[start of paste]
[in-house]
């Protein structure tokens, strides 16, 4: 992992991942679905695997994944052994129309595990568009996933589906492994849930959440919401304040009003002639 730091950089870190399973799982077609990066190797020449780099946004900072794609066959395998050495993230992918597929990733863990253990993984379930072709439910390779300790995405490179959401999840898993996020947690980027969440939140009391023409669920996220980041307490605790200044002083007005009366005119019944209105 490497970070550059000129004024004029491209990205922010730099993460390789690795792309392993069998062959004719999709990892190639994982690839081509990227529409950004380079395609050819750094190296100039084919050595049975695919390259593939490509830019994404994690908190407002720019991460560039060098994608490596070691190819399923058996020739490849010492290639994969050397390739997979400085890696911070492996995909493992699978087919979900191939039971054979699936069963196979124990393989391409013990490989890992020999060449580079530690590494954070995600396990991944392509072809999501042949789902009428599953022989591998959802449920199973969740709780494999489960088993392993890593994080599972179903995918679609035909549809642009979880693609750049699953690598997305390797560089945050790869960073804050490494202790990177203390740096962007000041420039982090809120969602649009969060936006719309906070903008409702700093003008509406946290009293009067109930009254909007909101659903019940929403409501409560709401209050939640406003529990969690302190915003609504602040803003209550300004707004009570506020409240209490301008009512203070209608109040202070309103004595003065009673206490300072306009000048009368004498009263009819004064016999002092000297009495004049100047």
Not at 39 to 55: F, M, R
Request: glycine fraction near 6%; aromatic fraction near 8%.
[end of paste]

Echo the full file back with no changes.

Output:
[in-house]
């Protein structure tokens, strides 16, 4: 992992991942679905695997994944052994129309595990568009996933589906492994849930959440919401304040009003002639 730091950089870190399973799982077609990066190797020449780099946004900072794609066959395998050495993230992918597929990733863990253990993984379930072709439910390779300790995405490179959401999840898993996020947690980027969440939140009391023409669920996220980041307490605790200044002083007005009366005119019944209105 490497970070550059000129004024004029491209990205922010730099993460390789690795792309392993069998062959004719999709990892190639994982690839081509990227529409950004380079395609050819750094190296100039084919050595049975695919390259593939490509830019994404994690908190407002720019991460560039060098994608490596070691190819399923058996020739490849010492290639994969050397390739997979400085890696911070492996995909493992699978087919979900191939039971054979699936069963196979124990393989391409013990490989890992020999060449580079530690590494954070995600396990991944392509072809999501042949789902009428599953022989591998959802449920199973969740709780494999489960088993392993890593994080599972179903995918679609035909549809642009979880693609750049699953690598997305390797560089945050790869960073804050490494202790990177203390740096962007000041420039982090809120969602649009969060936006719309906070903008409702700093003008509406946290009293009067109930009254909007909101659903019940929403409501409560709401209050939640406003529990969690302190915003609504602040803003209550300004707004009570506020409240209490301008009512203070209608109040202070309103004595003065009673206490300072306009000048009368004498009263009819004064016999002092000297009495004049100047």
Not at 39 to 55: F, M, R
Request: glycine fraction near 6%; aromatic fraction near 8%.